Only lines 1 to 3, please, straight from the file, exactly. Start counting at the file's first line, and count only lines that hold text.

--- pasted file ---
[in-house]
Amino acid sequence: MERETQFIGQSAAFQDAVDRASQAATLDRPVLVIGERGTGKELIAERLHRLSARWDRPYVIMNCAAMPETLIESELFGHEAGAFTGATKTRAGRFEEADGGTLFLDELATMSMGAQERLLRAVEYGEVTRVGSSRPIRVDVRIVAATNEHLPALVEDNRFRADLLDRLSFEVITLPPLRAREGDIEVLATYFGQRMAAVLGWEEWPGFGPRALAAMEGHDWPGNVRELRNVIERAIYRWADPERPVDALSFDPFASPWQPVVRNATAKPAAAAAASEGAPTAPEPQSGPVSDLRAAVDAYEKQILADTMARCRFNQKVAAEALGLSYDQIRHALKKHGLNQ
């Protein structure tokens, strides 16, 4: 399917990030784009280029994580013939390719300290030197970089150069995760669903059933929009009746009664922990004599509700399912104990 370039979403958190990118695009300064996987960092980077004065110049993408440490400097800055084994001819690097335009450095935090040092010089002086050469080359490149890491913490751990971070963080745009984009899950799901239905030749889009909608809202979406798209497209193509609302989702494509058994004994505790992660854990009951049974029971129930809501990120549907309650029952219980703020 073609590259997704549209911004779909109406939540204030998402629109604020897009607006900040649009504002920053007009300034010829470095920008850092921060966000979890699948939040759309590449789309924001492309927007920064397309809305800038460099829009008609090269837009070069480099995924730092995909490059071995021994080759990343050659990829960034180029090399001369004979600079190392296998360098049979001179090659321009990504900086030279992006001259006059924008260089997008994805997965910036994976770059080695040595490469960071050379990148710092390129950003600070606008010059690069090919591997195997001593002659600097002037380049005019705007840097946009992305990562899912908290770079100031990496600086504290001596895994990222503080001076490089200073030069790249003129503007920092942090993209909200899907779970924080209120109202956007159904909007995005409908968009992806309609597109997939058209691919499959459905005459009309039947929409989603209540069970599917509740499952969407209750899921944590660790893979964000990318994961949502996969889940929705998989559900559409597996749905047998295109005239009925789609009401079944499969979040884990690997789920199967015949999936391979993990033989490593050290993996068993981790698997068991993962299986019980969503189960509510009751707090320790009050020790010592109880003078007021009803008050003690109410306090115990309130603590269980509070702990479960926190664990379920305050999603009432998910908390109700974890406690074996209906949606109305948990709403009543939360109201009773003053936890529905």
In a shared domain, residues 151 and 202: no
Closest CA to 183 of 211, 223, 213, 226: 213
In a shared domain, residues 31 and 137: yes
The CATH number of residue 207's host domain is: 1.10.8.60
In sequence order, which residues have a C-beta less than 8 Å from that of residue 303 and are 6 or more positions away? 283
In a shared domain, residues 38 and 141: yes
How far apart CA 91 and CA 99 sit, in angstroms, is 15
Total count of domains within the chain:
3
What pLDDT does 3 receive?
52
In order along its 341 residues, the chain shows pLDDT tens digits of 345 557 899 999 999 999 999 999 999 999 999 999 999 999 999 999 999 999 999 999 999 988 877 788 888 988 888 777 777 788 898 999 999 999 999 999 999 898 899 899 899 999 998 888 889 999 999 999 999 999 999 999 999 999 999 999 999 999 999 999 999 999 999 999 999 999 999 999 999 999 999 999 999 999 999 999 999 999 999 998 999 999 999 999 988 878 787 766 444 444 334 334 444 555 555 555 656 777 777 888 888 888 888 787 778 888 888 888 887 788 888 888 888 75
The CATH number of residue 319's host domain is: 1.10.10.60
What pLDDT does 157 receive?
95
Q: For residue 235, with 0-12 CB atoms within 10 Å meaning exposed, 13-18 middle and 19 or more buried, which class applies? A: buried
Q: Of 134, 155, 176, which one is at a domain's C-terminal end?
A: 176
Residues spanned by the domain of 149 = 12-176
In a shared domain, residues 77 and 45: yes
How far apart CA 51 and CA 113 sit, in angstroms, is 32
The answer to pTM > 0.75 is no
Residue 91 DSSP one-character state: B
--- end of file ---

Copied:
[in-house]
Amino acid sequence: MERETQFIGQSAAFQDAVDRASQAATLDRPVLVIGERGTGKELIAERLHRLSARWDRPYVIMNCAAMPETLIESELFGHEAGAFTGATKTRAGRFEEADGGTLFLDELATMSMGAQERLLRAVEYGEVTRVGSSRPIRVDVRIVAATNEHLPALVEDNRFRADLLDRLSFEVITLPPLRAREGDIEVLATYFGQRMAAVLGWEEWPGFGPRALAAMEGHDWPGNVRELRNVIERAIYRWADPERPVDALSFDPFASPWQPVVRNATAKPAAAAAASEGAPTAPEPQSGPVSDLRAAVDAYEKQILADTMARCRFNQKVAAEALGLSYDQIRHALKKHGLNQ
């Protein structure tokens, strides 16, 4: 399917990030784009280029994580013939390719300290030197970089150069995760669903059933929009009746009664922990004599509700399912104990 370039979403958190990118695009300064996987960092980077004065110049993408440490400097800055084994001819690097335009450095935090040092010089002086050469080359490149890491913490751990971070963080745009984009899950799901239905030749889009909608809202979406798209497209193509609302989702494509058994004994505790992660854990009951049974029971129930809501990120549907309650029952219980703020 073609590259997704549209911004779909109406939540204030998402629109604020897009607006900040649009504002920053007009300034010829470095920008850092921060966000979890699948939040759309590449789309924001492309927007920064397309809305800038460099829009008609090269837009070069480099995924730092995909490059071995021994080759990343050659990829960034180029090399001369004979600079190392296998360098049979001179090659321009990504900086030279992006001259006059924008260089997008994805997965910036994976770059080695040595490469960071050379990148710092390129950003600070606008010059690069090919591997195997001593002659600097002037380049005019705007840097946009992305990562899912908290770079100031990496600086504290001596895994990222503080001076490089200073030069790249003129503007920092942090993209909200899907779970924080209120109202956007159904909007995005409908968009992806309609597109997939058209691919499959459905005459009309039947929409989603209540069970599917509740499952969407209750899921944590660790893979964000990318994961949502996969889940929705998989559900559409597996749905047998295109005239009925789609009401079944499969979040884990690997789920199967015949999936391979993990033989490593050290993996068993981790698997068991993962299986019980969503189960509510009751707090320790009050020790010592109880003078007021009803008050003690109410306090115990309130603590269980509070702990479960926190664990379920305050999603009432998910908390109700974890406690074996209906949606109305948990709403009543939360109201009773003053936890529905």